US compliance personnel at BBNY may have been put in an awkward position based on communications with BB. Nonetheless, it appears that BBNY relied on oral discussions with personnel at BB when adding the customer to the Good Guy exception list. There should have been a process to manage what kind of information and rationale was required by BBNY to justify a party’s inclusion on the list. It does not appear that there were any documents that BBNY could furnish to OFAC showing that the customer did not conduct business with Iran, or that BB had provided any written assurances regarding the transaction’s background. Once the customer was approved through an initial “gate” review by being added to the exclusion list, there was no mechanism to stop and review subsequent suspect transactions, particularly when the transfers were being routed for a third-country beneficiary’s account.

Furthermore, it is not clear from the enforcement information that the Brazilian operations knew that it may have been putting its US operations at risk when requesting that the transfers be processed for the customer, including those that did not involve exports to or imports from the United States. Of course, BBNY was responsible for determining that it was not exporting a service, directly or indirectly, to Iran before processing the wire transactions on behalf of BB’s customer.

Based on the circumstances alleged, the transactions should have been stopped pending enhanced internal review or investigation. In particular, a US intermediary financial institution inquired about the 2011 wire transfer, requesting copies of any related invoices associated with the payment. BBNY did obtain some documentation about the transaction, but its legibility was of poor quality. BBNY apparently did not request additional invoices or associated information about the transfer — originating from the customer’s account at BB and destined for a third-country beneficiary’s account at a third-country financial institution — which could have been used to determine whether the transfer involved trade of Iran. As above, BBNY apparently did not have a documented record to show that it acted reasonably in processing this transfer, and thus did not undertake enhanced due diligence for the transaction after questions had been raised.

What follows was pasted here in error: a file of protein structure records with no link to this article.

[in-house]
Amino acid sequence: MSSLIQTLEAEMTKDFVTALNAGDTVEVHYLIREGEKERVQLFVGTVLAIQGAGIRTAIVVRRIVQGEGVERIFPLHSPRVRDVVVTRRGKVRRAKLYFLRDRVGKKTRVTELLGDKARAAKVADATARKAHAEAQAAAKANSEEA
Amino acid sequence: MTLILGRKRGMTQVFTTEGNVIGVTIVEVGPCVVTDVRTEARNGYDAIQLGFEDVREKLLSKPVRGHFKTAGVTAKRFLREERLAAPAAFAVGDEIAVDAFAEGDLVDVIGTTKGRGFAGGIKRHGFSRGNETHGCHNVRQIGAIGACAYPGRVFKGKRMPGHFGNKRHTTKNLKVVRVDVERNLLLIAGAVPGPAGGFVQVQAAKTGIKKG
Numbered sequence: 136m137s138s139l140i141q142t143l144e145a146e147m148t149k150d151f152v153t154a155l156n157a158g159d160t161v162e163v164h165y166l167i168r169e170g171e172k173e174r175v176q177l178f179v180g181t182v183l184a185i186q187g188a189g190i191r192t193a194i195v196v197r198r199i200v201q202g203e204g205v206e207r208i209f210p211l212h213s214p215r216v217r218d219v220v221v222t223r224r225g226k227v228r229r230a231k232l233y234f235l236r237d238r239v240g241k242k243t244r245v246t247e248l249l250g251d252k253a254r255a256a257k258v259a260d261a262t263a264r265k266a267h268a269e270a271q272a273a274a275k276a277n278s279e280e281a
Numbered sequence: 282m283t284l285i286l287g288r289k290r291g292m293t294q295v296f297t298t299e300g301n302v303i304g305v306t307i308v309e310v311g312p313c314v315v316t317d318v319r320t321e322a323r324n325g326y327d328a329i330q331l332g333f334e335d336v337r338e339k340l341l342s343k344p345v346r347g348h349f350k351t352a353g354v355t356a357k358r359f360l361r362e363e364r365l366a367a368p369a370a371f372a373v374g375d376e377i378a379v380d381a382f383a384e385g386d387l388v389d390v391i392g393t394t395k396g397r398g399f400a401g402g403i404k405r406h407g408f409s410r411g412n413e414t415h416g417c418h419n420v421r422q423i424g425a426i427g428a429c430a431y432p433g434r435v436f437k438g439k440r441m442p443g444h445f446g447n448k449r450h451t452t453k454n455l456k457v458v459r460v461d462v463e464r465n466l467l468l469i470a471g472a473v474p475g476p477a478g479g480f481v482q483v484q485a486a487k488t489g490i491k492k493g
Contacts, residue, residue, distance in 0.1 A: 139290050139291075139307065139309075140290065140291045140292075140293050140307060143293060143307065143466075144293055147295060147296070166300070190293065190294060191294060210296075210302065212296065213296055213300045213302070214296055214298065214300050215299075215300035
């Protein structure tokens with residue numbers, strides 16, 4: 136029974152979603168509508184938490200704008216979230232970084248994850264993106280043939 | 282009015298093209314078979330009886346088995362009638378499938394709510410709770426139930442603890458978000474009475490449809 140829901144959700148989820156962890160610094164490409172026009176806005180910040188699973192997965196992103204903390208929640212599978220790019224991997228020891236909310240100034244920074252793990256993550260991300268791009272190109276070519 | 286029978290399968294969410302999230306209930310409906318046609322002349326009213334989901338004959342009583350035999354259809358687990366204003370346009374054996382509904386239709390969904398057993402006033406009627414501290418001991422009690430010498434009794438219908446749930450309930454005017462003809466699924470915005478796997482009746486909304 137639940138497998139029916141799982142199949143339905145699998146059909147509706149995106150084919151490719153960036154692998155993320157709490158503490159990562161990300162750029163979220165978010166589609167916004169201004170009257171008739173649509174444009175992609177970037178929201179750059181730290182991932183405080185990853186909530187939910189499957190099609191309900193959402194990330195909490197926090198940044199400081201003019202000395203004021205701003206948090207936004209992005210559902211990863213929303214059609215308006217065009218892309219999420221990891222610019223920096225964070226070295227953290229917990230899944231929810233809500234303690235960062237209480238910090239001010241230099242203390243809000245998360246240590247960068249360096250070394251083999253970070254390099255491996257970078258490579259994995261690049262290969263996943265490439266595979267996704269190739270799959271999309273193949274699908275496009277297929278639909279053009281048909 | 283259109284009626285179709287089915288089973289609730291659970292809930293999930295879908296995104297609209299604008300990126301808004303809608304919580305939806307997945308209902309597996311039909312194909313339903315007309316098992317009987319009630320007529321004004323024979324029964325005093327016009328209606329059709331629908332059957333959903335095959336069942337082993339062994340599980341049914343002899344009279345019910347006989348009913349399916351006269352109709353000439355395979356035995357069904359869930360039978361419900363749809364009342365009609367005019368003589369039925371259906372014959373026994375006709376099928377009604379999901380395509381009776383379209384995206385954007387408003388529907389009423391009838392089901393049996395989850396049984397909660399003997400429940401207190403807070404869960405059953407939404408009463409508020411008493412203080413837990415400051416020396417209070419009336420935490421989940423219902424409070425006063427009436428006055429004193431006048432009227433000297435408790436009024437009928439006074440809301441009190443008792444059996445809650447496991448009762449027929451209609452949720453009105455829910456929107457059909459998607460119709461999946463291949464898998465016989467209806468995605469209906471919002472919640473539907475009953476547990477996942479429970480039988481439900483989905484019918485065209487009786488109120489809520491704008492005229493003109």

It seems likely that the US intermediary financial institution reported the rejection of the transfer to OFAC, even though the enforcement information is silent on this point. However, no further review was undertaken when BBNY processed subsequent transactions on behalf of the same customer. As a consequence, financial institutions would be well advised to consider investigating compliance with US sanctions laws and regulations when a third party rejects or suspends transactions, and if the circumstances warrant, voluntary disclosing information to OFAC for current transfers and historical undertakings.

The execution of sanctions compliance is a risk-based exercise. This case underscores the need to conduct robust US sanctions due diligence that is supported by internal record keeping, especially when a potential red flag has been raised and/or a report could be generated to OFAC. Based on the lack of records associated with processing the transactions, it appears that BBNY could not show that it acted reasonably based on the circumstances presented, and as a result, a violation of the ITSR occurred.